Schwab Talk To Chuck' Campaign Launches: Firm Stresses How its Reps Guide Investors in the Spirit of Charles Schwab
Charles Schwab of San Francisco has launched a new, multimedia national advertising campaign called "Talk to Chuck." The campaign, which debuted this month and is budgeted for $30 million in the fourth quarter, is an attempt to emphasize that the firm is willing to listen to the needs of investors and that investors can safely place their trust in Schwab for help with their retirement needs.
Glen Mathison, a Schwab spokesman, noted that "investors have grown increasingly confused about the differences between firms, and the marketplace is cluttered with financial services advertising that all looks the same. Conditions in the marketplace really called for something new and different."
Schwab Vice President and Chief Marketing Officer Becky Saeger said that before launching the campaign, Schwab conducted market research and found that "while investors see little difference between financial service firms, Schwab still stands out. There's a tremendous amount of trust and equity built up in our name."
Thus, Schwab's new campaign aims to build on that inherent trust, with Schwab founder Charles Schwab himself assuring individual investors that each of his reps will treat them as a "straight-talking voice that will guide you, advise you and support you."
The campaign also stresses that Schwab is offering investors personal service and investing insight without charging any account service fee, which it began waiving Oct. 1. The ads note this is a great deal when compared to TD Waterhouse and Merrill Lynch Direct, which both charge account service fees of $100, and E*Trade, which charges $160.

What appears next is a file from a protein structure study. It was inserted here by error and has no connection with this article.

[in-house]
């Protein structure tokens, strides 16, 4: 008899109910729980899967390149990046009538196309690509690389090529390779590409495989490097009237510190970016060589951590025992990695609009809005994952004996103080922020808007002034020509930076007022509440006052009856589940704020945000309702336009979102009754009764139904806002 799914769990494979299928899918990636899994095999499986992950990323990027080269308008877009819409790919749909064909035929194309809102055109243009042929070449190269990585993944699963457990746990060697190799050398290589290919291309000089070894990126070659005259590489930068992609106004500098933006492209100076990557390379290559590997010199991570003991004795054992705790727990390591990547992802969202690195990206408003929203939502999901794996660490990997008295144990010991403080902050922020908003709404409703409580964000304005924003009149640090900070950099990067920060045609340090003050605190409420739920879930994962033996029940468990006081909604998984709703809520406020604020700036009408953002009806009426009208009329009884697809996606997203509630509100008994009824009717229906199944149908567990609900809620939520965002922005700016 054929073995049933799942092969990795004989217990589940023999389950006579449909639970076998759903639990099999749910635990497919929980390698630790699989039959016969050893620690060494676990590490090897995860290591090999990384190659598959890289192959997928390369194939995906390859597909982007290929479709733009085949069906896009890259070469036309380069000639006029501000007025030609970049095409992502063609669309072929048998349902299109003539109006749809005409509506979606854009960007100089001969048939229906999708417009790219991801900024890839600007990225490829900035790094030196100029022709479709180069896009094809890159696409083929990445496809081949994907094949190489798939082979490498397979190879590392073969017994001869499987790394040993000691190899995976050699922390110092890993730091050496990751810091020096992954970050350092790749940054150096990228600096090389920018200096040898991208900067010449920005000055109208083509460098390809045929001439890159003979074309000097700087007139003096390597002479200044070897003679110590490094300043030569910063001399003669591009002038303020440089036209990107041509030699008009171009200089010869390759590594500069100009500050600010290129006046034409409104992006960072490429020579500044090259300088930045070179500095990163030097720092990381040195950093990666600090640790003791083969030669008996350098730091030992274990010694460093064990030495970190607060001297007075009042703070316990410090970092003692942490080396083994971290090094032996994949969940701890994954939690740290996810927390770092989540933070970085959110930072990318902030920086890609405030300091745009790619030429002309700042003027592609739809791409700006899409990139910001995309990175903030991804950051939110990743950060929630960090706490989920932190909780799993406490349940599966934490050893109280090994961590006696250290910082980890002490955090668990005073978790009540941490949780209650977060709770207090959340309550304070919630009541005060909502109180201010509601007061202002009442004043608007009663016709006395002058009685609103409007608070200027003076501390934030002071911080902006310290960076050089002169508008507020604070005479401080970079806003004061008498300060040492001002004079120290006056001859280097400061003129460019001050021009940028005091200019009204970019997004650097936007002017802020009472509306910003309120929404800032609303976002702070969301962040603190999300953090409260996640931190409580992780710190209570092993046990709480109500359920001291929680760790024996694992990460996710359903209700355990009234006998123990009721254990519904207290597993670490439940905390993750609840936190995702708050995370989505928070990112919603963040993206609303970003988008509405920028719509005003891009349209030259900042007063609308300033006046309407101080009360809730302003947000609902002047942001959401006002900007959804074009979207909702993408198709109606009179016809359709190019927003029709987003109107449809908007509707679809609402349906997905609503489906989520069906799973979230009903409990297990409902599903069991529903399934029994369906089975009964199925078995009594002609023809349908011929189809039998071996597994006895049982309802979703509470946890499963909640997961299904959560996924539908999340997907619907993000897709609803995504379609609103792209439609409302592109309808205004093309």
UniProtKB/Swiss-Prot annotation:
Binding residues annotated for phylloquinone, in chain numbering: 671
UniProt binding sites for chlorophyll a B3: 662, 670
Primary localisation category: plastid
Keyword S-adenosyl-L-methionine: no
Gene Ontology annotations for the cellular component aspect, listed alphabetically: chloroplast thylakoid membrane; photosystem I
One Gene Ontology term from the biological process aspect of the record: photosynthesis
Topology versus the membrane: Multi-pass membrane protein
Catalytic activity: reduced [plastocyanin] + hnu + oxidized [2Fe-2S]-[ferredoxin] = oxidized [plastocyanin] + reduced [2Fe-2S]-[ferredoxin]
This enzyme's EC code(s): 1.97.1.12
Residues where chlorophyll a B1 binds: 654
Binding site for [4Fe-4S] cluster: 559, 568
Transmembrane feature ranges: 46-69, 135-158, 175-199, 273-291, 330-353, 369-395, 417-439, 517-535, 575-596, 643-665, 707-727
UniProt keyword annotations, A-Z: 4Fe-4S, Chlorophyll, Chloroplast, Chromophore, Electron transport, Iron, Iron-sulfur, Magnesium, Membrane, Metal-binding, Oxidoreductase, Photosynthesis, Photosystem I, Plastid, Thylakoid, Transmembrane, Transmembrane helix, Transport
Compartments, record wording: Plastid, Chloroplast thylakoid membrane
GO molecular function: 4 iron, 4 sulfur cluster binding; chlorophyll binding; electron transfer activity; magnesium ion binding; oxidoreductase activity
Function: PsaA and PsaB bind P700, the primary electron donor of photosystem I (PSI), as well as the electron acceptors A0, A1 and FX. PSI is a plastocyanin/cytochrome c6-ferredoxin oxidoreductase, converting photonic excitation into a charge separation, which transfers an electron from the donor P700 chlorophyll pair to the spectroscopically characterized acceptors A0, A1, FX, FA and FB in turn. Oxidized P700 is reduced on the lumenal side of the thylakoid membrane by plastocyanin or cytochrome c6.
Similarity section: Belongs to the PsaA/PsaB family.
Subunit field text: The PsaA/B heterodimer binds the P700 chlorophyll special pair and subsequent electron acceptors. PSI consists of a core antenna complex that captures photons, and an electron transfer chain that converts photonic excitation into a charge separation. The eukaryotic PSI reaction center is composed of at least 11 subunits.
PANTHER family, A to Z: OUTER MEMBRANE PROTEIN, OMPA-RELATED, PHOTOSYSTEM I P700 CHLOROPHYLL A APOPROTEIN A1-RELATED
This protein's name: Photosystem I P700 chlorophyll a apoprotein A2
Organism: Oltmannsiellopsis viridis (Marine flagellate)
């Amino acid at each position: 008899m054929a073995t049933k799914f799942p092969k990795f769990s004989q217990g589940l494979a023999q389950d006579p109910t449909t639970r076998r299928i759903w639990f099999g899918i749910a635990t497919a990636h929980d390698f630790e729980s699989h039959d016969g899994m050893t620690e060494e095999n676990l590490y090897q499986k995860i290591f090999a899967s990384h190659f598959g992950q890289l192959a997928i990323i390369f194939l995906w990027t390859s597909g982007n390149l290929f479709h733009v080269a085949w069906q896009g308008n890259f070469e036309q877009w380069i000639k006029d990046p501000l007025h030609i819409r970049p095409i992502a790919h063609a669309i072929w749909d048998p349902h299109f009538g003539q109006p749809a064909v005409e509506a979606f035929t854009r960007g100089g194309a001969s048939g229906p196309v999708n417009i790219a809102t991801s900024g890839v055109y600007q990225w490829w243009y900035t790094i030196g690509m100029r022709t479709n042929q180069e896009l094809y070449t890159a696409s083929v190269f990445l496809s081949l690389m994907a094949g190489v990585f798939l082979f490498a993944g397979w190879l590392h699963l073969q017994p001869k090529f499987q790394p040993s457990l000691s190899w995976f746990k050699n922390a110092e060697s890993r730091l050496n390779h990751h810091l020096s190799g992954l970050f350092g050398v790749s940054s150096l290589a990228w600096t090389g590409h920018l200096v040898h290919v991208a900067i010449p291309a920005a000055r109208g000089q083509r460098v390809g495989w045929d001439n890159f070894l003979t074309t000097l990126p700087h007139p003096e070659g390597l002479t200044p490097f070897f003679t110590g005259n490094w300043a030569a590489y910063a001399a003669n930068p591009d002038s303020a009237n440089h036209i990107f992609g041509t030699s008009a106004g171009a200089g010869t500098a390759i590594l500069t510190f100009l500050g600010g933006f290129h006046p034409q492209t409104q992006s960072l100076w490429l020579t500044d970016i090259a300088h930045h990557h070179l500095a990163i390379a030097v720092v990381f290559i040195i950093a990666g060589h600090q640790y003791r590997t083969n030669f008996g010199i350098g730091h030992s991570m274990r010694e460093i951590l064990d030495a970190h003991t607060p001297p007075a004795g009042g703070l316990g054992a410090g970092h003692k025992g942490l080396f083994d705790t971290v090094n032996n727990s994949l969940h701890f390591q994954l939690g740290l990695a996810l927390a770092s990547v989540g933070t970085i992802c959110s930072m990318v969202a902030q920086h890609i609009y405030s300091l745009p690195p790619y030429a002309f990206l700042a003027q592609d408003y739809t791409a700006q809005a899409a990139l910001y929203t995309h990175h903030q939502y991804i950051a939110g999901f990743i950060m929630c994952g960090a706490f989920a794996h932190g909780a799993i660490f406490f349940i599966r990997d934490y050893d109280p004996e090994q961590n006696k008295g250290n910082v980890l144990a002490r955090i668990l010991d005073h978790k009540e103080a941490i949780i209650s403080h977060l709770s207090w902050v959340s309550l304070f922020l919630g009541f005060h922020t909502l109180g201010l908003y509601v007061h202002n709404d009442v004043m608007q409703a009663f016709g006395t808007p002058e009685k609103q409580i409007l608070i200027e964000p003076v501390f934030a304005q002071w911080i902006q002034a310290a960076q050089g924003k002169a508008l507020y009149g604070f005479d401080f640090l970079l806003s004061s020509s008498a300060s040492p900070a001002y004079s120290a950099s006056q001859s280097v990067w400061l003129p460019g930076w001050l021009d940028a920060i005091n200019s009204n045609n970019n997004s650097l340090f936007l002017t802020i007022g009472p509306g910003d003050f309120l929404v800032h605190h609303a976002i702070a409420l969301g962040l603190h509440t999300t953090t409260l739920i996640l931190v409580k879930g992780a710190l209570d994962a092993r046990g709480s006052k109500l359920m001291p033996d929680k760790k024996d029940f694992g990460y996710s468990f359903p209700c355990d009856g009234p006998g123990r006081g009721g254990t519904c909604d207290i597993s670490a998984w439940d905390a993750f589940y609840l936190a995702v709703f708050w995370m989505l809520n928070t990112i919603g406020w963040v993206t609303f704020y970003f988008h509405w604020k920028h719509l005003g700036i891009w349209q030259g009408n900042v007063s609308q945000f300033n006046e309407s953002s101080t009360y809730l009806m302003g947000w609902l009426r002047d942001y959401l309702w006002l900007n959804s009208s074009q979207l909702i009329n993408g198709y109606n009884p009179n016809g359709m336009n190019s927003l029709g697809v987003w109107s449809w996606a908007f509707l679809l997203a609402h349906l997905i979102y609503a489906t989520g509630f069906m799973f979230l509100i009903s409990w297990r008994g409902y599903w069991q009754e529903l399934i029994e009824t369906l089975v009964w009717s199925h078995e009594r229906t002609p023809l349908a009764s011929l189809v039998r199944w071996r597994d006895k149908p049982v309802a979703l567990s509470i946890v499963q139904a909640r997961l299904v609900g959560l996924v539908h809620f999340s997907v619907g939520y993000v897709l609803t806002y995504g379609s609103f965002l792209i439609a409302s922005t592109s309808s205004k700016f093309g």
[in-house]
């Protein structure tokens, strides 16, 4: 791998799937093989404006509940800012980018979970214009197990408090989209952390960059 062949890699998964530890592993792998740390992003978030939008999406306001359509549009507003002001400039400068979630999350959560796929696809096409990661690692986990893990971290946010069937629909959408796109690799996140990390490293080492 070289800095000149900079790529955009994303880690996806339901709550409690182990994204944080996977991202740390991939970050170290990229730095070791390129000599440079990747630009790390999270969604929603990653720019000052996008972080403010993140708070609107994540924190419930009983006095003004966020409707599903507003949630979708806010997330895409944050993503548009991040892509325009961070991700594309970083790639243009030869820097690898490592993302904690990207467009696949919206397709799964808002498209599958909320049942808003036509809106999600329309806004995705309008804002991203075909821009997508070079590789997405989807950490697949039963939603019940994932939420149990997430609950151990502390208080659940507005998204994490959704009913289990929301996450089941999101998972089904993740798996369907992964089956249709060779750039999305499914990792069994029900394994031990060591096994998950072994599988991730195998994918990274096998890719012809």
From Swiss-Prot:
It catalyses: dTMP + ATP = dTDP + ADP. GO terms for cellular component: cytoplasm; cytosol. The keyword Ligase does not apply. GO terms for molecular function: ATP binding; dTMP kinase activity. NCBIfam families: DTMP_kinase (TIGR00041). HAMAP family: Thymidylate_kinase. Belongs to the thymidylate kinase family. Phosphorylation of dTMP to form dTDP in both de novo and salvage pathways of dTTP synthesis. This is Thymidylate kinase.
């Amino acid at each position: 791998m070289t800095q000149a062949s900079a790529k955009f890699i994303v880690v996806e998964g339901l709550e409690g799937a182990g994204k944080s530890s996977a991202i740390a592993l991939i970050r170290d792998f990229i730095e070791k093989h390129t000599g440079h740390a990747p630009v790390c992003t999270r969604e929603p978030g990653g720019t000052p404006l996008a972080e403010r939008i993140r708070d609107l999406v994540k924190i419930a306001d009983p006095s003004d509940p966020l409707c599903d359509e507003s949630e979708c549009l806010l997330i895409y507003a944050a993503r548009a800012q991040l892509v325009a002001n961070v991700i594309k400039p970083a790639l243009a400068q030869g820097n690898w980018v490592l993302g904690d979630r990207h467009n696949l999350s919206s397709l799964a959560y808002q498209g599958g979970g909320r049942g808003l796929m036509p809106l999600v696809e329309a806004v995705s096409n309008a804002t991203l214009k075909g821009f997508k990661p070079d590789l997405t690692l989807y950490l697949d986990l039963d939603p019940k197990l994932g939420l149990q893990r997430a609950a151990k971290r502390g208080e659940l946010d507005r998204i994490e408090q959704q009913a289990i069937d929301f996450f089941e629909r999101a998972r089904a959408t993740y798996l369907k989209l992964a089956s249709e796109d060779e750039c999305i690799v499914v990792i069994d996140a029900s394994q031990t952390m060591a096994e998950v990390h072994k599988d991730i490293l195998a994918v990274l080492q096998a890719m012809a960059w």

The print component, which began running in national newspapers last Wednesday, showcases a letter from Schwab, telling investors, "In your quest to find someone you can trust with your hard-earned money, your kid's money or your grandkid's money, it all comes down to this: Who can you talk to? And who will actually listen?
"I'm Chuck Schwab, and I've built my entire company based on listening to people first. Then talking. Talk to Chuck' is our promise to you that when you pick up the phone, go online or simply walk into a Schwab branch, you're speaking to someone who does business the way I do."
The campaign was created by New York-based Euro RSCG Worldwide. "In creating the new advertising campaign," said Euro RSCG Worldwide CEO David Jones, "it was imperative that we communicate that the values and dynamism that Charles Schwab, the man, personifies are shared and delivered upon by every employee of the company. In a category that is full of a lot of impersonal companies speaking at customers, here is a company that is making a clear statement that they will listen."
Saeger noted that the campaign's media plan goes beyond just print and TV ads to include outdoor and Internet advertisements, branch signage, marketing collateral materials and client and prospect communications. PHD USA of New York was responsible for this media plan.
The print ads also address many of the questions that investors have today including:
* Think you've got a dog in your portfolio? We'll not only help you find it, we'll help you fix it.
* There are 17,000 mutual funds out there. How about seven that are right for me?
In one of the 15-second television commercials, headlines move across the screen, describing Schwab as the "talking type." In the 30-second commercial, investors are shown having conversations with Schwab representatives. The TV spots will run during prime-time season premieres and specials, NFL and college football games, major league baseball games and on many cable networks.
Outdoor ads will appear on billboards, taxis, bus shelters, kiosks, commuter railroads and airports, as well as on coffee sleeves in New York, Washington, Los Angeles and San Francisco.
As for the online commercials, Schwab will advertise on its own Web site as well as major Web portals, including Yahoo!, AOL, MSN and CNN.
Prior to launching this campaign nationwide, Schwab tested it for six months in Houston, Denver and Chicago, where the firm saw both increases in the number of accounts and asset levels.
The last major campaign Schwab launched was early last year, focused on a set of services Schwab calls "personal choice."
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